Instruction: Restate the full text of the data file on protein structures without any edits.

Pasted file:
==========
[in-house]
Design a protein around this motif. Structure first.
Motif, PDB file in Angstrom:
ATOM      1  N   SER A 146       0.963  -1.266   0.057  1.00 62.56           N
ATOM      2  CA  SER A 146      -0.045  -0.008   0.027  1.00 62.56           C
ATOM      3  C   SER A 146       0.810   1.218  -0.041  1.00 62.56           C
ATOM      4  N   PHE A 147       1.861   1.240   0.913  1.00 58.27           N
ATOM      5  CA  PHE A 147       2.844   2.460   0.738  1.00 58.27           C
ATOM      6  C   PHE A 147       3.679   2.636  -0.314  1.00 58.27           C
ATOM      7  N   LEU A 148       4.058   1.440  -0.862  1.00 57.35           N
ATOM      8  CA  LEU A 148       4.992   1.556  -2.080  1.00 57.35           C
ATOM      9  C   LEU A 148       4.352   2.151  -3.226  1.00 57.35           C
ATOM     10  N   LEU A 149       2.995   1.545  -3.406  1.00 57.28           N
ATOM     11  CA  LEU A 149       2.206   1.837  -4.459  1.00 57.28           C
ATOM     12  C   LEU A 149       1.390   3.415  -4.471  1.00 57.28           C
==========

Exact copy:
[in-house]
Design a protein around this motif. Structure first.
Motif, PDB file in Angstrom:
ATOM      1  N   SER A 146       0.963  -1.266   0.057  1.00 62.56           N
ATOM      2  CA  SER A 146      -0.045  -0.008   0.027  1.00 62.56           C
ATOM      3  C   SER A 146       0.810   1.218  -0.041  1.00 62.56           C
ATOM      4  N   PHE A 147       1.861   1.240   0.913  1.00 58.27           N
ATOM      5  CA  PHE A 147       2.844   2.460   0.738  1.00 58.27           C
ATOM      6  C   PHE A 147       3.679   2.636  -0.314  1.00 58.27           C
ATOM      7  N   LEU A 148       4.058   1.440  -0.862  1.00 57.35           N
ATOM      8  CA  LEU A 148       4.992   1.556  -2.080  1.00 57.35           C
ATOM      9  C   LEU A 148       4.352   2.151  -3.226  1.00 57.35           C
ATOM     10  N   LEU A 149       2.995   1.545  -3.406  1.00 57.28           N
ATOM     11  CA  LEU A 149       2.206   1.837  -4.459  1.00 57.28           C
ATOM     12  C   LEU A 149       1.390   3.415  -4.471  1.00 57.28           C